The Milwaukee Bucks triggered two days of cancellations by refusing to take the court Wednesday to protest social and racial injustice.
Newest Blue Jay hopes protests spark change
One of the leaders on a Seattle team that decided to sit out a game Wednesday to protest racial and social injustice, pitcher Taijuan Walker hopes the actions of the Mariners and other big-league clubs will help keep the conversation going.
"I think it was huge for all the teams just to send that message," he said Friday, a day after being traded to the Toronto Blue Jays. "Instead of just speaking words, we are going to take action."
The Blue Jays and Boston Red Sox sat out Thursday night's game in Buffalo, N.Y., with the game set to be made up in a doubleheader on Sept. 4.
"Moving forward it's just to continue to talk about it, to have those really tough conversations and learn," said Walker, who was wearing a Black Lives Matter T-shirt on a video call with reporters.
"And try to figure out a way to help, once you do learn and once you are educated."
Toronto was set to return to action Friday night against the visiting Baltimore Orioles. Walker, the lone African-American player on the Blue Jays, was tabbed to make his first start for Toronto on Saturday.
Walker is a member of the Players Alliance, a group of more than 100 current and former Black major leaguers working to combat racial injustice. Those players will be donating salary from Thursday and Friday in honour of Jackie Robinson Day.
It has been a whirlwind week for the 28-year-old native of Shreveport, La.
Walker, who lives in Paradise Valley, Ariz., said he has family in Louisiana — including his father in the coastal city of Lake Charles — who "lost everything," including property and belongings after Hurricane Laura lashed the state.
"It's pretty emotional for me and for them too," he said, his voice cracking.
Later Friday, the Houston Astros and Oakland Athletics jointly walked off the field following a moment of silence, draping a Black Lives Matter T-shirt across home plate.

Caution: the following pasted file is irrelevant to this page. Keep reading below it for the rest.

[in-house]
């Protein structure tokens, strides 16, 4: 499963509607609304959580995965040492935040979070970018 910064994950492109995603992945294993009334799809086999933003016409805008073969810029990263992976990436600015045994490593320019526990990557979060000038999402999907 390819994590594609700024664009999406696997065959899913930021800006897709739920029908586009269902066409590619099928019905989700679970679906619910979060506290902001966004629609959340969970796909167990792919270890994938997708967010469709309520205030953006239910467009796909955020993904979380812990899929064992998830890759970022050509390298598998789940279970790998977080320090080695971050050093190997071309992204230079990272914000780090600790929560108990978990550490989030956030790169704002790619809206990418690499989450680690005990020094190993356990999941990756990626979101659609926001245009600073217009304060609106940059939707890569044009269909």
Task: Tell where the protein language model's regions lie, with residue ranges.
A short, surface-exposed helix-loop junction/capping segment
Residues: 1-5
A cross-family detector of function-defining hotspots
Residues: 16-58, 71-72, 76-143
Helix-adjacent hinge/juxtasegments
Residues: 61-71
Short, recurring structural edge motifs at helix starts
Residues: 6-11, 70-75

All players, managers and coaches at Minute Maid Park were wearing No. 42, the jersey number Robinson wore when he broke the major league colour barrier in 1947.
The Athletics and Astros placed a No. 42 jersey in each batter's box and the players lined up for the moment of silence before walking into their respective clubhouses.
Tennis also returns after play was postponed Thursday. Canadian Milos Raonic is in semifinal action at the Western & Southern Open in New York.
Major League Soccer is resuming its season after several midweek matches were postponed when players decided not to play. The league said Friday that the move comes after a "period of reflection and conversation" with the group Black Players for Change, other league players and the MLS Players Association.
"It was really important for us as Black athletes to take the stand that we did on Wednesday to remind people that this needs to be a priority for us, especially within these league that have so many Black athletes," said D.C. United goalkeeper Earl Edwards Jr., a member of the executive board of Black Players For Change. "We need to prioritize our lives and do everything they can to to make sure our lives are being seen equally in this country."
A game in Montreal between the Impact and Toronto FC is scheduled for Friday night after five of the league's last six games were postponed on Wednesday.
The WNBA also resumes tonight with three games after postponing games the past two days at its bubble in Bradenton, Fla.
Kayla Alexander of Milton, Ont., and Bridget Carleton of Chatham, Ont., will play for the Minnesota Lynx against the Atlanta Dream in the first game on Friday night.